“We want this effort to be just the beginning,” said Amanda Fargo-Johnson, Agricultural Programs Director, with CT RC&D. “After attending the compost conference in Rhode Island, I am pleased we’re off to a good start for creating a network of composters here in Connecticut.” The listserv, she added, will help expand the network and the sharing, needed to create a strong foundation of composters and increase compost literacy in Connecticut.

Soil quality is at the center of why most farms and gardeners compost. While many municipalities look at composting as a way to divert leaves and food scraps from disposal, more and more community compost operations are embracing that it’s both about diverting waste to minimize the environmental implications of organics waste disposal and about increasing soil capacity for food or horticultural plant production, gardens, and parks.

“We need to build up the health quality of our soils and food waste is a great resource that can help us do that,” said Domingo Medina, owner of Peels and Wheels Composting. “Composting is our unquestionable path to reduce waste, sequester carbon, build healthy soils and grow nutrient rich food, while creating jobs and contributing to mitigate climate change.”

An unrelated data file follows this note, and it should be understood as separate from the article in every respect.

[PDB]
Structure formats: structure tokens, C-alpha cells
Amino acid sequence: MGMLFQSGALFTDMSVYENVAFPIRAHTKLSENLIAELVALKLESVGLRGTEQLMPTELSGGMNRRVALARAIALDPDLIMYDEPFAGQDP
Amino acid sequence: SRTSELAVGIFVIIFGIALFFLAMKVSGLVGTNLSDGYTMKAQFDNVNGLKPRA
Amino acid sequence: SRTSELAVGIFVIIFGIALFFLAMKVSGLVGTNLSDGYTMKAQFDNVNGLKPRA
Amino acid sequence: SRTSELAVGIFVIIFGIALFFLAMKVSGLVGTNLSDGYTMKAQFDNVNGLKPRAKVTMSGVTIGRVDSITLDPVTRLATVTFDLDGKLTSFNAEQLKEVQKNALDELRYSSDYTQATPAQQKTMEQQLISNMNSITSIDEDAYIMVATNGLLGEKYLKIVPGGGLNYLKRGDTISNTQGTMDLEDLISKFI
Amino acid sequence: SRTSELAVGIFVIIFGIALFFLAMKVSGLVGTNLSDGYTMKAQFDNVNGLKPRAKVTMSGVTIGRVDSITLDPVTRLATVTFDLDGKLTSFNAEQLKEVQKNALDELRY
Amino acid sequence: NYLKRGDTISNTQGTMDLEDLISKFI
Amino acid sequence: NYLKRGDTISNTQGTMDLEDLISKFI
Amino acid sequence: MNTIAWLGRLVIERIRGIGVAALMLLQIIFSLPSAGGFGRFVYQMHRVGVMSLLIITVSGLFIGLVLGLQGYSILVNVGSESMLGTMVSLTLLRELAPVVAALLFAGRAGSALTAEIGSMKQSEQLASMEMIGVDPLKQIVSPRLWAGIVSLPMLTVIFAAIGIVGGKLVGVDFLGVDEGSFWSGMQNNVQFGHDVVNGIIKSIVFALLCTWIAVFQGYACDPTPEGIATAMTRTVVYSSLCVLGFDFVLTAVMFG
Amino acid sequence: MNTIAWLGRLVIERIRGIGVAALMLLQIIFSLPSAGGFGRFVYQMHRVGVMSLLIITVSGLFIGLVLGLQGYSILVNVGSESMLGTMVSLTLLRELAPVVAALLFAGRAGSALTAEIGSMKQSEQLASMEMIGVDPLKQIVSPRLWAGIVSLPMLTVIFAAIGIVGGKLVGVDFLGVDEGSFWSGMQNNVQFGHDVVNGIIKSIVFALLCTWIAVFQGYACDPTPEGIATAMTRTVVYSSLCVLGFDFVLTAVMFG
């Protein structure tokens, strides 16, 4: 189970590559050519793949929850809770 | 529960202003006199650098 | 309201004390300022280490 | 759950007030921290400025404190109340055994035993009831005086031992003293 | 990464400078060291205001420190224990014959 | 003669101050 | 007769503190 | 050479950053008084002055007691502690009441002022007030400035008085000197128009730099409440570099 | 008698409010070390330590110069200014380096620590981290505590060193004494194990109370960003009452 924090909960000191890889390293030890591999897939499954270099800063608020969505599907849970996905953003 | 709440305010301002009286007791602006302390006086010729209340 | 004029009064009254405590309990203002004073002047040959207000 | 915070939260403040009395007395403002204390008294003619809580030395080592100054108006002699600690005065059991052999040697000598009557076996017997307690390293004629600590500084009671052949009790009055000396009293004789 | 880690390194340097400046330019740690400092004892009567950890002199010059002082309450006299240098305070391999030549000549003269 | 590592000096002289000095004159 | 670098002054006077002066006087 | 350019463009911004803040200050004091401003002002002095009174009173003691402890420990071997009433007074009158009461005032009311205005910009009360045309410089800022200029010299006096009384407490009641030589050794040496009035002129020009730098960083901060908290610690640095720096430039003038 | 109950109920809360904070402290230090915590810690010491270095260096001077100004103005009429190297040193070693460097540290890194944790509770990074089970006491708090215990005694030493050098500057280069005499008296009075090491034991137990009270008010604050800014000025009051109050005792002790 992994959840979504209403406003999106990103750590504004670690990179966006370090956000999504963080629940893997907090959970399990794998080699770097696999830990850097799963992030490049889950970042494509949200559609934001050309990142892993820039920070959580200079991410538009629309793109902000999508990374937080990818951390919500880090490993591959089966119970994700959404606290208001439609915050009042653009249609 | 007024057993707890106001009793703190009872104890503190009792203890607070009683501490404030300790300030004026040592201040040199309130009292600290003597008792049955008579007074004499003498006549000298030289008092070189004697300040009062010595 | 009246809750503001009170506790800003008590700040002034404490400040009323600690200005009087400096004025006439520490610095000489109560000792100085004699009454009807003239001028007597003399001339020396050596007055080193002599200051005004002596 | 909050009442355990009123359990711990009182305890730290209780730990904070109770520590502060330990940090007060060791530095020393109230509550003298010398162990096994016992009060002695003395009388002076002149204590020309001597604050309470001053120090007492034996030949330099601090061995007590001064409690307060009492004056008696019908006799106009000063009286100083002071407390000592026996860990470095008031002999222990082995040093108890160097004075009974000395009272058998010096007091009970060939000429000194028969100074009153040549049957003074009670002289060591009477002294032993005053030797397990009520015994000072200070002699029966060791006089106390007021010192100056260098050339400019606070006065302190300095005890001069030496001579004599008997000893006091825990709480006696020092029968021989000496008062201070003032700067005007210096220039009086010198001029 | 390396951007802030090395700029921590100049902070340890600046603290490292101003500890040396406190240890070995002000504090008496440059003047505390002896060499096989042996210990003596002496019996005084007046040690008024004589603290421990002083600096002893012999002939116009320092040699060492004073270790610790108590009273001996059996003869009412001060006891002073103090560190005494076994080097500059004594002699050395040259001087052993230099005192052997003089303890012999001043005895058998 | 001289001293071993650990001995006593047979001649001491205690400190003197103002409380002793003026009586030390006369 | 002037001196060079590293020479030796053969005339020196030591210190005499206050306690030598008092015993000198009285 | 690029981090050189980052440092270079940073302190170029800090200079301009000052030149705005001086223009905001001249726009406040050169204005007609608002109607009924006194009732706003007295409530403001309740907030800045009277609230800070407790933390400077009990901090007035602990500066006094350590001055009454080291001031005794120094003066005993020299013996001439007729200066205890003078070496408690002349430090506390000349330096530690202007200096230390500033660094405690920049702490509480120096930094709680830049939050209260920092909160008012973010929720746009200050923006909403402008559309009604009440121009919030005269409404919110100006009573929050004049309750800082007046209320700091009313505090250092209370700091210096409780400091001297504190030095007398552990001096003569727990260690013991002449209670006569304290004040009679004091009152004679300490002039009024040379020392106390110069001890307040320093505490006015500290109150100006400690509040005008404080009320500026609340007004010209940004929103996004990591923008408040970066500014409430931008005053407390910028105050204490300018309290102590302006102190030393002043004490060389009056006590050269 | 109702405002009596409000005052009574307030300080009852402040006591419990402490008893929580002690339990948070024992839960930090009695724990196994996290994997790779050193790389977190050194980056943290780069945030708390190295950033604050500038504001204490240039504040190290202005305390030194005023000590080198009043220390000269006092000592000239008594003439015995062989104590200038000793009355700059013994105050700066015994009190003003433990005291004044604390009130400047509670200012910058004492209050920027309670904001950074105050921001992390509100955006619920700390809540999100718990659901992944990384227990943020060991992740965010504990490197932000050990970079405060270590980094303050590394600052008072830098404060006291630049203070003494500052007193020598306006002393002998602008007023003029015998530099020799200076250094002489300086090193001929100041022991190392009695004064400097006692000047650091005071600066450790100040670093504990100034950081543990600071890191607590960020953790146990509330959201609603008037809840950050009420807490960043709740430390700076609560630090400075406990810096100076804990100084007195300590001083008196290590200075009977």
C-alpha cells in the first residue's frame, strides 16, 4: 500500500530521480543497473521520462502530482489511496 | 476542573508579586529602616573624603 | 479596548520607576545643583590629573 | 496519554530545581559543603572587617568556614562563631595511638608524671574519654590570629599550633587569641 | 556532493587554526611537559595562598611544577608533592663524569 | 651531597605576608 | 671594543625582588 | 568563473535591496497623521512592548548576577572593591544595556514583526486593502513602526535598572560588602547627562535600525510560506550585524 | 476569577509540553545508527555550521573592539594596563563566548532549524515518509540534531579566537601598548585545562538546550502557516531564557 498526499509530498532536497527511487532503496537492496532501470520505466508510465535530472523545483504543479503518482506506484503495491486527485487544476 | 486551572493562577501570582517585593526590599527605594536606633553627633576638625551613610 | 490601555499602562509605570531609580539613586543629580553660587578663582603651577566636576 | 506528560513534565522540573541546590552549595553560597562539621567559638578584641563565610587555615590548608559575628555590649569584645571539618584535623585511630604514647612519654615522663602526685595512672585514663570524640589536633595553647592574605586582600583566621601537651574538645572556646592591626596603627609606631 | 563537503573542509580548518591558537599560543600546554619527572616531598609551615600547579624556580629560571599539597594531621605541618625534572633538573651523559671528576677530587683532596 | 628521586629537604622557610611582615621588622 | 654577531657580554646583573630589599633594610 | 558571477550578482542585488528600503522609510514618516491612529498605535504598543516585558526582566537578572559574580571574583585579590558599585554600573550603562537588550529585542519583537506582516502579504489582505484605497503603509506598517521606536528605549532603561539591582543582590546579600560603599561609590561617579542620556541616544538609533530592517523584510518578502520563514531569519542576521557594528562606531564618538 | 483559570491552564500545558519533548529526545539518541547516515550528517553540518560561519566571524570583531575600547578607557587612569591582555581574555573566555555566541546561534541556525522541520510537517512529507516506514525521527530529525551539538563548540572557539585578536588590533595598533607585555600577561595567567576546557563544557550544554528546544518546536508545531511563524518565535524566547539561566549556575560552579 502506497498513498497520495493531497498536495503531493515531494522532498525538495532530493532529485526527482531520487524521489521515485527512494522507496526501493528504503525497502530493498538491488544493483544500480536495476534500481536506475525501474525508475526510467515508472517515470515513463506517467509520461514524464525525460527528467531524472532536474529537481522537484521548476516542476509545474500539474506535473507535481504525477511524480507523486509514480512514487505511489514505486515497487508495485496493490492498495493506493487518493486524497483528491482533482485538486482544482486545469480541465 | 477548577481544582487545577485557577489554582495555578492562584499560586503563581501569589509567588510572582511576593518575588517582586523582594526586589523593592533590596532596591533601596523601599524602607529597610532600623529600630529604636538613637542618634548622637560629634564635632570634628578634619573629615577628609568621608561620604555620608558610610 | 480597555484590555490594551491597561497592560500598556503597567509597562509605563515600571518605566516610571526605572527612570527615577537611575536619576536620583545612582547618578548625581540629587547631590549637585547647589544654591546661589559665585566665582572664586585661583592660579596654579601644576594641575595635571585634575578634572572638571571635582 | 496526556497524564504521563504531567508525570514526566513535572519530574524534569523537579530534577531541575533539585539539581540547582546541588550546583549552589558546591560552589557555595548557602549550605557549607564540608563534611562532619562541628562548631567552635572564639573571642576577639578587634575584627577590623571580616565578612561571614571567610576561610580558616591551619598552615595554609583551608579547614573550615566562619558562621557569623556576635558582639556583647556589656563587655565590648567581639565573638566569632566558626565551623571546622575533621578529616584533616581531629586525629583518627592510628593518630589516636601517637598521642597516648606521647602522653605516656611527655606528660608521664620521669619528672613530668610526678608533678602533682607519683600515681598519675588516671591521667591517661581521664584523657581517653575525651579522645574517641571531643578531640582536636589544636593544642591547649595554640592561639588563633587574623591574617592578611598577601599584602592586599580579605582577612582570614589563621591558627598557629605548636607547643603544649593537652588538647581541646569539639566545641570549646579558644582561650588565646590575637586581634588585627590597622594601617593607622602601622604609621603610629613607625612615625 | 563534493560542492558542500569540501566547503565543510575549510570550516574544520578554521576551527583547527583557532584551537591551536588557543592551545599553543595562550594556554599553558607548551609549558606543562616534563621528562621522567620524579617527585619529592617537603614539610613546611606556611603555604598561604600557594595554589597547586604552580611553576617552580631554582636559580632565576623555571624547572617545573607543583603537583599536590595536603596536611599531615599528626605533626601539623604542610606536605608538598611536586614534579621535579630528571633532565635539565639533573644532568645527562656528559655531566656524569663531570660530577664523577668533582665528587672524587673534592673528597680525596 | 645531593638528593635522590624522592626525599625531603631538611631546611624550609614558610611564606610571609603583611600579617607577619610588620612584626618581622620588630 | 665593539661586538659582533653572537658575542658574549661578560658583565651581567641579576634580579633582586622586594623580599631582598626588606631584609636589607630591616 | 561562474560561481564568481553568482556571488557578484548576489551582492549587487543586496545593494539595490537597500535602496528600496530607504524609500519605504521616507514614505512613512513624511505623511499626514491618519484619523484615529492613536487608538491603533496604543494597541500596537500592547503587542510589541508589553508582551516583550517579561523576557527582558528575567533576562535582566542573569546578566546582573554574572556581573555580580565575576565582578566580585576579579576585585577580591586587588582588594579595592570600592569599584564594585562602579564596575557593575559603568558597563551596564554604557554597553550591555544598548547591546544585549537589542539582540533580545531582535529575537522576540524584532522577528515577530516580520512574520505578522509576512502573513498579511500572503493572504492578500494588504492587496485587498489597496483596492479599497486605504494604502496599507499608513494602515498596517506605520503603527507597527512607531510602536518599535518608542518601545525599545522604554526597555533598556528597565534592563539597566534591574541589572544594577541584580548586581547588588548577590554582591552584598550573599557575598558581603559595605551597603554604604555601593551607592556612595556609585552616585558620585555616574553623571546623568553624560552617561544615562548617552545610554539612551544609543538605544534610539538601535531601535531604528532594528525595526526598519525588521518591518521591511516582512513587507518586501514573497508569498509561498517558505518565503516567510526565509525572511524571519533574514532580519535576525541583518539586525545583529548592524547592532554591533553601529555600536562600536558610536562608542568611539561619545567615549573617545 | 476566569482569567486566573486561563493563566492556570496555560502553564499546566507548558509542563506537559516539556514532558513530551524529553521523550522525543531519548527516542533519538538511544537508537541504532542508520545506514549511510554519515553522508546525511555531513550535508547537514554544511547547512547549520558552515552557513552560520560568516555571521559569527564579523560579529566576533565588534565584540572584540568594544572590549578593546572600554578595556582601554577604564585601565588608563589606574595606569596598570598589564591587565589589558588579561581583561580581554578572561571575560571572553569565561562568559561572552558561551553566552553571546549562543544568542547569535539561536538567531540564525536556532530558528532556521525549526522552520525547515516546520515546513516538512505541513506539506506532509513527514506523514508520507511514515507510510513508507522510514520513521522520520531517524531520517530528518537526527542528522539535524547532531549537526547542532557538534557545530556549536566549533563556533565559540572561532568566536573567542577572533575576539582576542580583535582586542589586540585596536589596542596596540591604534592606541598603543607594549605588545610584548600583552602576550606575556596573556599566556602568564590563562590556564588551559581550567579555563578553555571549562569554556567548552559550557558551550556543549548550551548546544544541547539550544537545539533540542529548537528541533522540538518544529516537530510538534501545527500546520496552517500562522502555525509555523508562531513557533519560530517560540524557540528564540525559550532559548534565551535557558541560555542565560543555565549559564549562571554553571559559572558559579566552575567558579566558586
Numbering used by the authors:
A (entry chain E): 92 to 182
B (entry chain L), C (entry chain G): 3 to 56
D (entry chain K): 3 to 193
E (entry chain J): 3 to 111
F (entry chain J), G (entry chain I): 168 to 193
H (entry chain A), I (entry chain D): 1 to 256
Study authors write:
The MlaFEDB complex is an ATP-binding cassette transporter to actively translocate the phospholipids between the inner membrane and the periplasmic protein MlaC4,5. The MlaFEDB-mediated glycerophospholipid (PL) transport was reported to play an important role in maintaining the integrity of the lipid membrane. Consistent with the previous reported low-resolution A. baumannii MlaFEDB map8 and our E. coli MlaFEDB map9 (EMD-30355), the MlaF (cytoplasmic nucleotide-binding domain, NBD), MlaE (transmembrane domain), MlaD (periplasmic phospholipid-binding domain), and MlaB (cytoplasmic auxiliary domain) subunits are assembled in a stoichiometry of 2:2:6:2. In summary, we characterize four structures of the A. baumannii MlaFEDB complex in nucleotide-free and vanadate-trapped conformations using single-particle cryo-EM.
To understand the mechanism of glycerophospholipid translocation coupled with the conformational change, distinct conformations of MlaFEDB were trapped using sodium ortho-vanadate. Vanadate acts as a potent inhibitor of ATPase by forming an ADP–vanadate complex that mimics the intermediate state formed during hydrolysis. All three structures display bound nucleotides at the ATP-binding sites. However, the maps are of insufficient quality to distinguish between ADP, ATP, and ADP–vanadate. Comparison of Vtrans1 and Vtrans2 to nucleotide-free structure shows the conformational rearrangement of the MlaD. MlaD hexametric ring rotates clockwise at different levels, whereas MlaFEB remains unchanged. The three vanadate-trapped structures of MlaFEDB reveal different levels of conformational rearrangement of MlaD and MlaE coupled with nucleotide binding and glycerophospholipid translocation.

From a survey of attendees, the Alliance was excited to hear interest in a range of future topics from worm composting to mortality composting, testing, quality and application of finished compost to municipal compost bin distribution, as well as backyard composting, biochar, impact of PFAS on compost, school composting, and home composting.

“These resources come at a great time,” said Sherill Baldwin, environmental analyst with DEEP. “The Connecticut Coalition for Sustainable Materials Management (CCSMM) that has been meeting all fall, included a working group focusing on organics. These webinars and videos are a good start for providing resources for communities interested in composting and the listserv will help us expand all these connections.”

The CCSMM’s Food Scraps/ Organics Collection and Diversion working group explored reducing food waste, recovering food for human consumption or animal consumption, composting and anaerobic digestion. The CCSMM survey to municipalities included feedback showing that many municipalities want to learn more about recovering food scraps at transfer stations, backyard and community composting, composting at schools, composting regionally, and recovering edible food for donations.  The CT Compost Alliance looks to include all stakeholders interested in learning more about composting and how to increase compost activities in Connecticut.

Recordings of the webinars are accessible on DEEP’s website here, and the webinar recordings and videos can be found on CT RC&D’s webpage here. All interested in increasing composting in Connecticut are encouraged to join the CT Compost Network listserv, a GoogleGroup. Special thanks to sponsors of the CT Compost Alliance’s efforts in 2020 including Sustainable CTFarm Credit Northeast AgEnhancementRecycle CT Foundation, UConn Master Composter ProgramAmerican Farmland TrustCT Recyclers CoalitionPeels & Wheels CompostingCouncil on Soil and Water Conservation, and CCAPA.